One of the most engaging topics at Inman Connect was how to cope with the low-inventory market. Jeff Lobb and Stacie Staub discussed three strategies for finding listings in a low-inventory market. Here are 10 additional ways Bernice Ross suggests to proactively persuade potential sellers to put their properties on the market now.
Strategy 1: Listings hiding in plain sight
How many buyer leads did you ignore last year? According to the National Association of REALTORS® (NAR), about half of those buyer leads had a property they needed to sell to purchase. If you’re not following up on every buyer lead you receive and asking if they need to sell their current property to purchase their next home, you’re losing one listing for every two buyers you ignore.
Strategy 2: Overcome the contingent sale problem
Knock’s Home Swap program has a powerful solution for those owners who need to sell their current home to purchase their next property. Home Swap establishes a value on the homeowners’ current home and also qualifies them for a new mortgage on their next home.
This enables the homeowners to purchase their next property as an all-cash buyer. Knock provides up to $25,000 in repairs. If the property sells for more than the price Knock placed on the owner’s home originally, the owner receives the overage.
This type of alternative lending program has become extremely popular with new-build homebuyers. Buyers can stay in their current home until their new home is ready rather than having to rent or obtain a bridge loan. Because these programs profit from the mortgage, escrow and title fees, the costs are significantly less than most other programs.
To illustrate how this approach can work in your business, take a look at how Realty Austin is marketing its “Buy Before Your Sell Program” and their “Cash Bridge Program.”
Strategy 3: Referrals are still the name of the game
Regardless of the “threat” from iBuyers and Zillow, the 2020 NAR Profile of Buyers and Sellers reports that 67% of sellers either rehired their previous agent or obtained a referral from a friend, neighbor or relative.
Consequently, you should spend at least two-thirds of your time and marketing dollars on converting leads from past clients and your sphere of influence.
Strategy 4: The first one who gets face-to-face wins
The 2020 profile also reported 77% of recent sellers only interviewed one agent before listing their house. Previous NAR profiles have consistently found the agent who gets the listing is the first one who sees the sellers when they decide to sell, which is why it’s critical to be in face-to-face contact at least once a month with your top 150 contacts who are most likely to refer or do business with you.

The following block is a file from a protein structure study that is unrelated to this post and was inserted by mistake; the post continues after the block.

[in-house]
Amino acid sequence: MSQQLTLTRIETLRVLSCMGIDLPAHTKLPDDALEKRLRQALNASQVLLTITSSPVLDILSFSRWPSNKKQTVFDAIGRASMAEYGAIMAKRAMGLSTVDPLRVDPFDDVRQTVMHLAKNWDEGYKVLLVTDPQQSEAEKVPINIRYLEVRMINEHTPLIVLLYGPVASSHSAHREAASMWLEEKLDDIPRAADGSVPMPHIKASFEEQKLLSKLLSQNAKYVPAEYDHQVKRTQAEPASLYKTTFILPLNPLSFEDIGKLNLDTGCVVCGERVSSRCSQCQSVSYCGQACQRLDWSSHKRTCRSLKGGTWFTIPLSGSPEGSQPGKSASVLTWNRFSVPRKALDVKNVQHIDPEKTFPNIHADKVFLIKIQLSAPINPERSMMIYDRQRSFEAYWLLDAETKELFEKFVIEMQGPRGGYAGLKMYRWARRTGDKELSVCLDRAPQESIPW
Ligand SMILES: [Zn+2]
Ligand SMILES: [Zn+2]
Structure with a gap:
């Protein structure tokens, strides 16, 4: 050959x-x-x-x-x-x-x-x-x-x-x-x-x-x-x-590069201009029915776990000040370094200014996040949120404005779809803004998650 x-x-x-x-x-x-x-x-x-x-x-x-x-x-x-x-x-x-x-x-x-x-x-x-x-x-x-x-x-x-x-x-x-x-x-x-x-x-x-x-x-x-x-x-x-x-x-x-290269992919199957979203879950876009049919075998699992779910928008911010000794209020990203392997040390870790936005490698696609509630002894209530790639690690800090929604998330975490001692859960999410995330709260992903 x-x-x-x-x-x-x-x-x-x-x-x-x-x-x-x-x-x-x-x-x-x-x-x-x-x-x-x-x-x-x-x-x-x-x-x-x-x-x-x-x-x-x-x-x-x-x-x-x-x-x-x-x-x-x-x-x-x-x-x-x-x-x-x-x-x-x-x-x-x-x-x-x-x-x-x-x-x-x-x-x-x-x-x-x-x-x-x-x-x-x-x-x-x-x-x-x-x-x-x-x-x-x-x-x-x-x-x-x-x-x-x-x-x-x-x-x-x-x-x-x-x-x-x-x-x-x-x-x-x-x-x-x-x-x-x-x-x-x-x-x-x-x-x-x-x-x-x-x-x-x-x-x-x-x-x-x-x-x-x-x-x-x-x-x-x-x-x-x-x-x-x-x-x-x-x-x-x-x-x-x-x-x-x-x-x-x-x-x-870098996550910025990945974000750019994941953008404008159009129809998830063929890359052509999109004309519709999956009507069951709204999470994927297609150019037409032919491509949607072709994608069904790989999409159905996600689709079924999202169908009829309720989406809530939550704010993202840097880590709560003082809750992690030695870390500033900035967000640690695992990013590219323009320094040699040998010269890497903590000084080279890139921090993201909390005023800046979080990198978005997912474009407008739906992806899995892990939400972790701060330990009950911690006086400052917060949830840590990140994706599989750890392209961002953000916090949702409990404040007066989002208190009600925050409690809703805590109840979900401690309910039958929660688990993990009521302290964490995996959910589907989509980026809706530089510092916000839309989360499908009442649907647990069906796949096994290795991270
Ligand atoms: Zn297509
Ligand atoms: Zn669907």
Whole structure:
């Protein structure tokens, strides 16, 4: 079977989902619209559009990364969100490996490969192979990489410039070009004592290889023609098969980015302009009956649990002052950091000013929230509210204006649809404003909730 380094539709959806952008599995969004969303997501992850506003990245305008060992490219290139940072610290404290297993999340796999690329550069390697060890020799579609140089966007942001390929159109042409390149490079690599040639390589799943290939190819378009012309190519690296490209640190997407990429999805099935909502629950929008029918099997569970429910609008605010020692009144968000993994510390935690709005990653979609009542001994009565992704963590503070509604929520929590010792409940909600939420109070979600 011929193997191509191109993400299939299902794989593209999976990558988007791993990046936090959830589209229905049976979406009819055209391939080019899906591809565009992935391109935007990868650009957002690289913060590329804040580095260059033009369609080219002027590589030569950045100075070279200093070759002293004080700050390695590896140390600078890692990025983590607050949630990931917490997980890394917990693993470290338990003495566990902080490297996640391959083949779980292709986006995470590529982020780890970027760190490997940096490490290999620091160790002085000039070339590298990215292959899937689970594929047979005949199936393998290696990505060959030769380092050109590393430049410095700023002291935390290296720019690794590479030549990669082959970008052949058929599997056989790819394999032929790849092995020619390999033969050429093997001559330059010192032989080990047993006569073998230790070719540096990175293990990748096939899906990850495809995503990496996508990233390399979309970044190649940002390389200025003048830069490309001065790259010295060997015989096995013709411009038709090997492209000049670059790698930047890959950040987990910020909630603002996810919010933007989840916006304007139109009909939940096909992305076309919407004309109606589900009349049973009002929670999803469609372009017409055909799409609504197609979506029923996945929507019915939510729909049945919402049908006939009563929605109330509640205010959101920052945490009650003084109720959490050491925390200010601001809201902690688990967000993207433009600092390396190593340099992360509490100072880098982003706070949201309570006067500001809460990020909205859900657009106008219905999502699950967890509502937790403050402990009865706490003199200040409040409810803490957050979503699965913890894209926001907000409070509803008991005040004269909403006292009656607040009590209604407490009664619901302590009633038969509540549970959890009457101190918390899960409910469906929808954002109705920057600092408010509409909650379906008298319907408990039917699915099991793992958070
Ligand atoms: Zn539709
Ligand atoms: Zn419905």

Strategy 5: Mind the ‘loyalty gap’
According to the 2020 NAR Profile, 89% of the sellers said they would rehire their agent for future services. Only 26% actually did because their agents failed to stay in touch with them. To avoid having a “loyalty gap” in your business, here’s a quick get-back-in-contact script:
Hi John, it’s Sally Agent. It’s been way too long since we caught up in person. I would love to buy you a cup of coffee. Does Friday morning or Saturday afternoon work for you?
People are more likely to move when they go through a major milestone life event such as a wedding, birth, divorce, death, job promotion, etc. At Inman Connect, Lobb suggested using Facebook lists to track these events for your past clients and those in your sphere who are most likely to refer business to you.
When someone is undergoing a difficult life change such as a death or divorce, reach out and ask how you can help. Be caring and supportive. This is not the time to discuss selling. Remember, the agent who is there face-to-face when they decide to sell has a 77% of getting the listing.
Strategy 7: The boomer migration is on
Although many boomers are choosing to age in place, a substantial portion of homeowners are selling their current home to right-size into something smaller or to move closer to their children. To identify who these owners are (or create any list you would like to prospect), you can use REISource. Here are three categories to consider searching:
The prime time to buy a second home between ages 50-60. Prospect past clients in your database and homeowners in this age bracket who make at least $100,000 per year.
Look for homeowners age 60 or older who have two-story homes or homes that are over 2,500 square feet. Due to mobility problems related to aging, many are searching for one-story homes, while others are interested in a “lock-and-leave” lifestyle in retirement.
Look for older single homeowners, especially women who own single-family residences. Many cannot adequately maintain their properties due to financial or other constraints and may opt for a condo or a lock-and-leave property.